Supply chain pressures, but higher vehicle sales prices sustain margins
After declining 27.9% in 2020, US car sales are expected to grow only 7.5% this year, as supply issues thwart robust demand. Low production growth in 2021 is mainly due to semiconductor shortage, and the impact of Hurricane Ida on petrochemical companies has caused supply constraints of plastics. While semiconductor shortage is expected to last into 2022, output of vehicles is forecast to grow 12% next year.
In order to maintain profits, Original Equipment Manufacturers (OEMs) have adjusted their production by prioritising high-margin and most demanded models (e.g. trucks). They have also been able to increase sales prices for vehicles. Margins of suppliers have come under pressure due to production shortfalls, higher prices for materials and labour shortage, while at the same time fixed costs remain high. However, a major deterioration of margins is not expected, as suppliers also benefit from ongoing demand and higher sales prices.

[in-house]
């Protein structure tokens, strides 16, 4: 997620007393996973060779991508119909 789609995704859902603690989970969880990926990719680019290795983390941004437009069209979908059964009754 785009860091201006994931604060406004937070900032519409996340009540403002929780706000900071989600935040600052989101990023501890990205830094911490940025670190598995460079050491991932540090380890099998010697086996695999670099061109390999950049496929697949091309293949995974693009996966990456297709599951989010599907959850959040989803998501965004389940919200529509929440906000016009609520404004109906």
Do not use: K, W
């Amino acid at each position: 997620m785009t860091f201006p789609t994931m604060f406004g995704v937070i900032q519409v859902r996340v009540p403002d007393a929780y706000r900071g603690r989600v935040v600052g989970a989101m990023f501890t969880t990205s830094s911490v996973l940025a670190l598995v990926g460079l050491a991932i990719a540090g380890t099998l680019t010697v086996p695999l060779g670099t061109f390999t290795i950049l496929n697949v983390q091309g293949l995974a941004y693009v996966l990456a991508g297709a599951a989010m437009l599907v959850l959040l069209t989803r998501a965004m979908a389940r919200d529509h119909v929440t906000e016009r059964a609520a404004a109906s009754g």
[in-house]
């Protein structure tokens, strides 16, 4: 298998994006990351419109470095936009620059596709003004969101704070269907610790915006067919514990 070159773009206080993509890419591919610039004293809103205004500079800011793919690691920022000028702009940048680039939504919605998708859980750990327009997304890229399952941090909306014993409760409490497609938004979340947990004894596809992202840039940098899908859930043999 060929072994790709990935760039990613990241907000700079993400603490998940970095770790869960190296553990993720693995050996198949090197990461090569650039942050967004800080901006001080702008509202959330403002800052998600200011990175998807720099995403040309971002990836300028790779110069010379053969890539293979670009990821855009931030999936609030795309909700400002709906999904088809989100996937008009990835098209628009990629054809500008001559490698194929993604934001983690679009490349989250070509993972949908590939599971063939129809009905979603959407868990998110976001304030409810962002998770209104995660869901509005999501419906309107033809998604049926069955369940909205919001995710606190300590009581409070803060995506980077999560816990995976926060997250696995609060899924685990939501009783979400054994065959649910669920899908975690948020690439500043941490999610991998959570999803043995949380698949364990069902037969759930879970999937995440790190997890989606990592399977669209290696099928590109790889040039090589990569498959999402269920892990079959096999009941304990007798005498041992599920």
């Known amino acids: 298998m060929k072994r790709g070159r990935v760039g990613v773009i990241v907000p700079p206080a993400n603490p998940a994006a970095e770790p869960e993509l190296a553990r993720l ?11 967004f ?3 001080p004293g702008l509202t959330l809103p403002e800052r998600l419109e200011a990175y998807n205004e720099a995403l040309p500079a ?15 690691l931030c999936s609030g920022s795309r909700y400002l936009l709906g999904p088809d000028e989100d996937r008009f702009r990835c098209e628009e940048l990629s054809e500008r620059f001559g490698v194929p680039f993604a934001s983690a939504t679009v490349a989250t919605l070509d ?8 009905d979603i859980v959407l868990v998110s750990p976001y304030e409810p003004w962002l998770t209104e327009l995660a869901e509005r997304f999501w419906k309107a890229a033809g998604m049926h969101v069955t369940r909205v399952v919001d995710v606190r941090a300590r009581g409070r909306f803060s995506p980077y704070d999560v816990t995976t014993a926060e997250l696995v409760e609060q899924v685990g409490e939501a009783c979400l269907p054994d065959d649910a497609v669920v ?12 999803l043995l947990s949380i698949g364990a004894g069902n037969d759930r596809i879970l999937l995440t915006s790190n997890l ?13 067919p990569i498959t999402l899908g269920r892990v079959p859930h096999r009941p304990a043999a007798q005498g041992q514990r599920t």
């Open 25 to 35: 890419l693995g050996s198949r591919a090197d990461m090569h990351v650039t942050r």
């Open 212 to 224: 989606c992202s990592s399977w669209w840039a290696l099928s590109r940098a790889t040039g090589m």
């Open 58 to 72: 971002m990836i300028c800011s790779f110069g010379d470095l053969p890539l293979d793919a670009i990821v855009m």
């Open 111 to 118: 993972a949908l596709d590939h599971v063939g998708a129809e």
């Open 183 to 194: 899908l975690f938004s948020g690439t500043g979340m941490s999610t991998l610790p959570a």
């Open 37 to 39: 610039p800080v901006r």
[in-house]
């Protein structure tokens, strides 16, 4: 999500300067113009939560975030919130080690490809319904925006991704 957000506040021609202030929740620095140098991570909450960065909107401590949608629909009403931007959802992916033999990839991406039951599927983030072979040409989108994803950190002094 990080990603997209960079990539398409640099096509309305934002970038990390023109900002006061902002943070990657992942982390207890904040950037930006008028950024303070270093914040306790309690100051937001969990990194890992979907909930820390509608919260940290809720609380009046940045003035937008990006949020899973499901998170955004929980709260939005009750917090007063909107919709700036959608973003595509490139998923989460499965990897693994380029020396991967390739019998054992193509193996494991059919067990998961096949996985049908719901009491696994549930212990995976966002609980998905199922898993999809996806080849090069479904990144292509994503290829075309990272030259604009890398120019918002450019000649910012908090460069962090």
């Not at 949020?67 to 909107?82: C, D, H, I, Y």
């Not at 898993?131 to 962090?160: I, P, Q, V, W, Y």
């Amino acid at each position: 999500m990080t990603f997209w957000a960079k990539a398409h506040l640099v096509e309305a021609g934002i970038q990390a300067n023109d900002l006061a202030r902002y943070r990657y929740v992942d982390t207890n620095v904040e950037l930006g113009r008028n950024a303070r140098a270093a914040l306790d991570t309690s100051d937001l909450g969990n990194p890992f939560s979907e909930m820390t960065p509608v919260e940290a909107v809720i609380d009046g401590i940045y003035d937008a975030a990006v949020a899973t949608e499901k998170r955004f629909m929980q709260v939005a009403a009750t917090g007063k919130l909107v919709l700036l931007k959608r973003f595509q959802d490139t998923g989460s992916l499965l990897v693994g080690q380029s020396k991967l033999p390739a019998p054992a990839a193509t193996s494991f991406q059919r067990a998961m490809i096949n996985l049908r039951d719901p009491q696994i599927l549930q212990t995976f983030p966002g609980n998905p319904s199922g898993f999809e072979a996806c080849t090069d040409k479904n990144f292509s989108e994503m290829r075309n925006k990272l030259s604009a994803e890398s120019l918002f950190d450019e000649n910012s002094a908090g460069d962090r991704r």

Being a capital-intensive industry, automotive is dependent on bank finance, and many businesses are highly leveraged. Currently banks are very willing to provide loans to the sector. Increased competition among financial institutions has led to loosened lending standards over the last couple of months. Payments in the automotive industry take about 60 days on average. During the pandemic-related shutdowns in 2020, businesses have stretched payments in order to preserve cash, but meanwhile the majority of companies has returned to normal payment terms. The level of payment delays and insolvencies has been low over the past couple of months, and no substantial increase is expected in 2022.
Taking into account the current challenges for the sector, but also its financial resilience, our sector assessment remains “Fair”. The Biden administration plans to support e-mobility by investing USD 174 billion in charging stations, mass transit vehicles and school buses. Large OEMs have announced to launch more electric vehicles and large investments in battery plants.